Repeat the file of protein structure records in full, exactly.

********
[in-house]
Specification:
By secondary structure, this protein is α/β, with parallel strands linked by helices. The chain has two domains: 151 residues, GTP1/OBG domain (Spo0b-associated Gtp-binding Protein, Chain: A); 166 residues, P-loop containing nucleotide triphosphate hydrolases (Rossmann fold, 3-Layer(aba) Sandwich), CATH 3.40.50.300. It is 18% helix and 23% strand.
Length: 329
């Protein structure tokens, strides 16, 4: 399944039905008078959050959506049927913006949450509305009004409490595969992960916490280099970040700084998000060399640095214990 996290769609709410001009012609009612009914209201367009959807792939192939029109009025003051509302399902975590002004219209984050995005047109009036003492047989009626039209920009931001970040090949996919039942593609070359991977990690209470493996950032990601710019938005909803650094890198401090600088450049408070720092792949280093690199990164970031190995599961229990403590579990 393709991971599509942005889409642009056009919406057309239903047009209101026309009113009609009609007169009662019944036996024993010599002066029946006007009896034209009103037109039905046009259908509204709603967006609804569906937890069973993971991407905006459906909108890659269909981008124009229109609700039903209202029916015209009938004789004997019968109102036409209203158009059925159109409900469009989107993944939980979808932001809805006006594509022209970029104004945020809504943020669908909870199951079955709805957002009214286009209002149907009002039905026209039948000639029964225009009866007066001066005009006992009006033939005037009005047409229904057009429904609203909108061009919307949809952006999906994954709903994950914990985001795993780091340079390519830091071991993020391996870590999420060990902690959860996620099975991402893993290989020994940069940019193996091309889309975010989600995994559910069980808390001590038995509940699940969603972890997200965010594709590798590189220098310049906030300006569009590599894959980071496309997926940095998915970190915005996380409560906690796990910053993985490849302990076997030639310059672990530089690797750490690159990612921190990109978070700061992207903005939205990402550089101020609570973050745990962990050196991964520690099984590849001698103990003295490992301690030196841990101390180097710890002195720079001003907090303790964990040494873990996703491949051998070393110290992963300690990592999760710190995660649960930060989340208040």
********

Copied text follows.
[in-house]
Specification:
By secondary structure, this protein is α/β, with parallel strands linked by helices. The chain has two domains: 151 residues, GTP1/OBG domain (Spo0b-associated Gtp-binding Protein, Chain: A); 166 residues, P-loop containing nucleotide triphosphate hydrolases (Rossmann fold, 3-Layer(aba) Sandwich), CATH 3.40.50.300. It is 18% helix and 23% strand.
Length: 329
């Protein structure tokens, strides 16, 4: 399944039905008078959050959506049927913006949450509305009004409490595969992960916490280099970040700084998000060399640095214990 996290769609709410001009012609009612009914209201367009959807792939192939029109009025003051509302399902975590002004219209984050995005047109009036003492047989009626039209920009931001970040090949996919039942593609070359991977990690209470493996950032990601710019938005909803650094890198401090600088450049408070720092792949280093690199990164970031190995599961229990403590579990 393709991971599509942005889409642009056009919406057309239903047009209101026309009113009609009609007169009662019944036996024993010599002066029946006007009896034209009103037109039905046009259908509204709603967006609804569906937890069973993971991407905006459906909108890659269909981008124009229109609700039903209202029916015209009938004789004997019968109102036409209203158009059925159109409900469009989107993944939980979808932001809805006006594509022209970029104004945020809504943020669908909870199951079955709805957002009214286009209002149907009002039905026209039948000639029964225009009866007066001066005009006992009006033939005037009005047409229904057009429904609203909108061009919307949809952006999906994954709903994950914990985001795993780091340079390519830091071991993020391996870590999420060990902690959860996620099975991402893993290989020994940069940019193996091309889309975010989600995994559910069980808390001590038995509940699940969603972890997200965010594709590798590189220098310049906030300006569009590599894959980071496309997926940095998915970190915005996380409560906690796990910053993985490849302990076997030639310059672990530089690797750490690159990612921190990109978070700061992207903005939205990402550089101020609570973050745990962990050196991964520690099984590849001698103990003295490992301690030196841990101390180097710890002195720079001003907090303790964990040494873990996703491949051998070393110290992963300690990592999760710190995660649960930060989340208040």